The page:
Leaders and experts share insights on green and innovative community at Green Deck forum
The forum “The Green Deck – Into the Green and Innovative Community”, co-organised by The Hong Kong Polytechnic University (PolyU) Policy Research Centre for Innovation and Technology (PReCIT) and the Green Deck Project Management Office, was held on the PolyU campus in a hybrid format on 15 March.
In order to promote exchanges and collaboration across different sectors of society in building a green community, Mr Alex LUI, PolyU Green Deck Project Director; the Hon. Mr CHAN Han-pan, Legislative Council Member; Prof. LI Yuguo, Chair Professor of Building Environment of the Department of Mechanical Engineering of the University of Hong Kong; Prof. Edward NG, Professor of Architecture of the School of Architecture of the Chinese University of Hong Kong; and Dr William YU, Chief Executive Officer of World Green Organisation, were invited to share their views and insights on the Green Deck and on topics related to green living and green cities.
The Green Deck is an innovative, community-based project to enhance the area around the Cross Harbour Tunnel Toll Plaza at Hung Hom. The forum aimed at deepening public understanding of the Green Deck and how the project can help to address the current environmental issues and revitalise the neighbourhood with a view to promoting green living.
In his welcoming remarks, Prof. Christopher CHAO, PolyU Vice President (Research and Innovation) and Director of PReCIT said, “The HKSAR Government has always devoted tremendous efforts as well as investment into developing Hong Kong into a more liveable city. Active community participation also plays a very important role in this. A liveable and comfortable living environment benefits Hong Kong in attracting more global talents to work and settle in our city, and encourages international enterprises to start their businesses here.”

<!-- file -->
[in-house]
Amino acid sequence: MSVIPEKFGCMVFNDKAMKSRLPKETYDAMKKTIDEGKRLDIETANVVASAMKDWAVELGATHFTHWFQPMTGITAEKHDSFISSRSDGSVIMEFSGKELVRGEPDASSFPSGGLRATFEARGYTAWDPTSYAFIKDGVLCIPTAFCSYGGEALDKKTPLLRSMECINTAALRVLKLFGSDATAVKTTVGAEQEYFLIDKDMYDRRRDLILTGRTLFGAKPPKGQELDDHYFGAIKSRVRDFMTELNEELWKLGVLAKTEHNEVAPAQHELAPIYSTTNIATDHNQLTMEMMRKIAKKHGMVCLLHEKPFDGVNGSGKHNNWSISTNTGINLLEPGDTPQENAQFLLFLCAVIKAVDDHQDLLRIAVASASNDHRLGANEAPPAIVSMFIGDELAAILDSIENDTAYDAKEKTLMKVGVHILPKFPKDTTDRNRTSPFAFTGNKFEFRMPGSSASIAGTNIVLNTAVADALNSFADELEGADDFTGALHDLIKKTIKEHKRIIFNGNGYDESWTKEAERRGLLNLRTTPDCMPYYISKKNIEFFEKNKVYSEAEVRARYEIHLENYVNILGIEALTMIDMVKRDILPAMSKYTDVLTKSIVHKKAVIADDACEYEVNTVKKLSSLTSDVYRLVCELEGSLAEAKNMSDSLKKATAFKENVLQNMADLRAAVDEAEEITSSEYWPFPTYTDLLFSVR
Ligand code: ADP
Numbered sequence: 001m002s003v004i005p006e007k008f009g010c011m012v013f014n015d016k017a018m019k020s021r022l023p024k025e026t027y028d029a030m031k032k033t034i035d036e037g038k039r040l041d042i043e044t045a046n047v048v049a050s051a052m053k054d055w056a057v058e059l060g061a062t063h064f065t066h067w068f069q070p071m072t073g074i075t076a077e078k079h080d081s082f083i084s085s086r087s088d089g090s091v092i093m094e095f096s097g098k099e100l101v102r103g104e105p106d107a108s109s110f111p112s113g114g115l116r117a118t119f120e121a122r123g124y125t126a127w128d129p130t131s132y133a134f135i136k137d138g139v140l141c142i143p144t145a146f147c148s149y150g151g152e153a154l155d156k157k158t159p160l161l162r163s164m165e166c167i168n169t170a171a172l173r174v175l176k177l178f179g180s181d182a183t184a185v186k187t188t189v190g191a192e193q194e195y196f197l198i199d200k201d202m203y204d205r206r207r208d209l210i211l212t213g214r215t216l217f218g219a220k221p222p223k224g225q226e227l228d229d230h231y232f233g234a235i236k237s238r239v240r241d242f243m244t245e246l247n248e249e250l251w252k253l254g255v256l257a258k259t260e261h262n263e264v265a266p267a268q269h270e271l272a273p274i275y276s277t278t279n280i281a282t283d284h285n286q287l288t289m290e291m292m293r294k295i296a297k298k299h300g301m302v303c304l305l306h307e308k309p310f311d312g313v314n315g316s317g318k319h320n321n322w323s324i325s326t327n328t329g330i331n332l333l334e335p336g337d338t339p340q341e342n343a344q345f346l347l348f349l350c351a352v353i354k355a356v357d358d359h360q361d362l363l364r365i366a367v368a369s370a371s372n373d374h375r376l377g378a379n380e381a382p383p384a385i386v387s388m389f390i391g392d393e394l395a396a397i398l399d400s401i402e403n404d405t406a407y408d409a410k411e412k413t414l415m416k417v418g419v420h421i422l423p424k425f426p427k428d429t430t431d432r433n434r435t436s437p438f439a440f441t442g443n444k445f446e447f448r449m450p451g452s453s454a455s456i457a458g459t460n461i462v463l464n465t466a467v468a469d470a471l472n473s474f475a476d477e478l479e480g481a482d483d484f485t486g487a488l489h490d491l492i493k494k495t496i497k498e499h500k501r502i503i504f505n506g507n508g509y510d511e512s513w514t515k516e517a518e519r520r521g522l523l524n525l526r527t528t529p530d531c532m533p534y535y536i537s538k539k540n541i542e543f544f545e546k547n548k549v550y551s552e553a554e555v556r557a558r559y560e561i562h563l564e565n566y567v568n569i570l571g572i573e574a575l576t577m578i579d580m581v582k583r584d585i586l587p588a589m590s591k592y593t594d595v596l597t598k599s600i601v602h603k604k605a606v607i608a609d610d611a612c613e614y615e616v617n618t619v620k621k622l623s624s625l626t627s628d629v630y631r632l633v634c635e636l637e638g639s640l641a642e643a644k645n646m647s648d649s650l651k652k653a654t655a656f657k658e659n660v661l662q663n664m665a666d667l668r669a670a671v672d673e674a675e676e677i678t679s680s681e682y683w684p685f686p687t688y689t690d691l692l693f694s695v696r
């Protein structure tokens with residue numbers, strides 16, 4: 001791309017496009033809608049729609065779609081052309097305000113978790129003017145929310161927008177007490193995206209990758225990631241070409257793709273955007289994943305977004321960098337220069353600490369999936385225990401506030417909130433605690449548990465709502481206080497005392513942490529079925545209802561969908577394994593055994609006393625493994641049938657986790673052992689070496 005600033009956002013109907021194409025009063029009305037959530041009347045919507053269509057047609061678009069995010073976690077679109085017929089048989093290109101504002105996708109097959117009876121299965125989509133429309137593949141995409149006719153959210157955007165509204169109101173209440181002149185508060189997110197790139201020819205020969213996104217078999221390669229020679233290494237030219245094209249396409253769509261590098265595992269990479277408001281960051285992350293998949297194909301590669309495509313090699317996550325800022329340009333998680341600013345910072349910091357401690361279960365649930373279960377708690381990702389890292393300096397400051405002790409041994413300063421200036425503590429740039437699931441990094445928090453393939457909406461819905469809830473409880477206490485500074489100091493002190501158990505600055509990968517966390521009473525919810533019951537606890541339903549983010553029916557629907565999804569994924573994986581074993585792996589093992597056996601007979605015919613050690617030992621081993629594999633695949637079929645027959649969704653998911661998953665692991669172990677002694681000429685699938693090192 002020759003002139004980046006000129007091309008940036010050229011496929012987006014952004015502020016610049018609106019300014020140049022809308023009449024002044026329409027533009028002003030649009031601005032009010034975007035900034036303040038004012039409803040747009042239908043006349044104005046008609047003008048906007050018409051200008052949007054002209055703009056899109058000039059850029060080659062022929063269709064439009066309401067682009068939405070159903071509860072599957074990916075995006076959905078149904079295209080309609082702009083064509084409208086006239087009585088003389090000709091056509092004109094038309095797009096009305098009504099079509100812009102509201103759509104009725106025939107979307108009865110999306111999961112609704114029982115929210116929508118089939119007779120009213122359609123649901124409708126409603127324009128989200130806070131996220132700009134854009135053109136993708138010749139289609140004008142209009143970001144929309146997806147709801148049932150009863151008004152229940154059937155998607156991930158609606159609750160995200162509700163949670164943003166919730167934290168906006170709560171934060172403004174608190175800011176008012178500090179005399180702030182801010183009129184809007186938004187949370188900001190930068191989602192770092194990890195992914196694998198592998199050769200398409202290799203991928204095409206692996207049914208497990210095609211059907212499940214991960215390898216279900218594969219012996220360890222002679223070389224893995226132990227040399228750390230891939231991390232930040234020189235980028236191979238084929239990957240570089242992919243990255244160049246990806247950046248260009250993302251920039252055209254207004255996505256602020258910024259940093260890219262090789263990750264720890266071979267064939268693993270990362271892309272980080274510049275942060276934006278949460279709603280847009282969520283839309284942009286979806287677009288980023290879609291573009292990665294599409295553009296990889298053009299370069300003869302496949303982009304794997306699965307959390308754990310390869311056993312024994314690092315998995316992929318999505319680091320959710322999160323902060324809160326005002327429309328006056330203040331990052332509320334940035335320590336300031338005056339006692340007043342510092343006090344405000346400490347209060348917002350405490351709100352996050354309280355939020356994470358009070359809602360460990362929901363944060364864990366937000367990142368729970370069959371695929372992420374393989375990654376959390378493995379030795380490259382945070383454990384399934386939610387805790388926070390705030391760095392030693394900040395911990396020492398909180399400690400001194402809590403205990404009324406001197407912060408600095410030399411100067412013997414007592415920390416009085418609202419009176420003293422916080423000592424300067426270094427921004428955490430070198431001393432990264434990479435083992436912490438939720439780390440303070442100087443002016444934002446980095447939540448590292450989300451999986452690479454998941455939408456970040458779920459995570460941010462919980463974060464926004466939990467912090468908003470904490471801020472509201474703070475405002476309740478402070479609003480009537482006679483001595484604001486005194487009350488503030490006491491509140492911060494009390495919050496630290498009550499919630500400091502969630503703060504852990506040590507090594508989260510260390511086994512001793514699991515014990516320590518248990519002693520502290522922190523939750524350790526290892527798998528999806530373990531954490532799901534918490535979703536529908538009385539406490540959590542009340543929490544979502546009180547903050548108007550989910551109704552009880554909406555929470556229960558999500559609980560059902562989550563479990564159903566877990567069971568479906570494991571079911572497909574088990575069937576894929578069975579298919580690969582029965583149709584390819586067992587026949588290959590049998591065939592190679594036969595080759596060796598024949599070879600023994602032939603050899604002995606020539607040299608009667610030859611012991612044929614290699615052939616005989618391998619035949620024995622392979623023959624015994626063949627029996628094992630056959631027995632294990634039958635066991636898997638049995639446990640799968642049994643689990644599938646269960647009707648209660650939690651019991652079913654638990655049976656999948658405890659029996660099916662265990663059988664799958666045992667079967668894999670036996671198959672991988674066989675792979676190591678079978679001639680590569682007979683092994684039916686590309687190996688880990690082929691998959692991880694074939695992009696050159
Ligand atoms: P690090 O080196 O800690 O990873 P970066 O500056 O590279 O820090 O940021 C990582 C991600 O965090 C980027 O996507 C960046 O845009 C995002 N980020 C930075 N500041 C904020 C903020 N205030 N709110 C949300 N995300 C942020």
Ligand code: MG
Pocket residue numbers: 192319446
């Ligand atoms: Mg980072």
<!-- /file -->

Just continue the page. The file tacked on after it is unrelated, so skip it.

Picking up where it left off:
Mr Alex Lui said the Green Deck is an innovative social project which will bring long-term benefits to the neighbouring communities. It exemplifies how precious urban land can be used in a smart and sustainable way by revitalising an unremarkable urban district into a green and vibrant community area. To achieve a smart environment, the Green Deck as well as similar social projects require the support and participation of a smart community and a smart government.
Mr Chan Han-pan suggested that a community network directly affects residents’ quality of life and economic development, and that sometimes a small step can bring major changes to a community. The two successful initiatives of Sai Lau Kok Garden in Tsuen Wan and Central Market demonstrated ways to inject new impetus into a community. Because of the Cross-Harbour Tunnel Toll Plaza separating the two districts, Hung Hom and Tsim Sha Tsui East face the problem of a disconnected community network, which has led to the two districts lagging behind others in relative terms. It is believed that the Green Deck will benefit the enhancement of community connectivity, which in turn will further foster the economic development of Hong Kong and bring positive impacts on the local traffic in the districts.
Prof. Li Yuguo said, according to the Hong Kong Observatory, since 1993, at 0.28°C per decade, Kowloon has warmed faster than before, while at the same time Kowloon air has become more humid. This trend has accelerated over the last 20-30 years, a trend for which city-wide efforts are needed to stop or reverse. City-scale challenges can only be tackled by the concerted efforts of everyone involved.
Prof. Edward Ng said that, due to more intense, frequent and longer heat waves resulting from climate change, the number of very hot days in Hong Kong is expected to increase to over 100 days a year. Prolonged heat waves not only bring higher heat-related mortality, but also can affect a person’s psychological well-being. Creating green-blue space in the urban living environment of a high-density city is a necessary mitigation measure.
Dr William Yu said that the Green Deck would not only enhance climate resilience and improve the quality of life for city dwellers through the provisioning of recreational benefits and ecosystem services as an added value, but also provides a linkage with ecosystem-based adaptation into climate change. Not limited to universities, Hong Kong needs to consider how to make good use of green finance instruments (resilience investment) to speed up the transformation from grey to green infrastructure, thus mitigating the impact of extreme weather events, and so decreasing the need for the insurability of biodiversity and climate risks.
Policy Research Centre for Innovation and Technology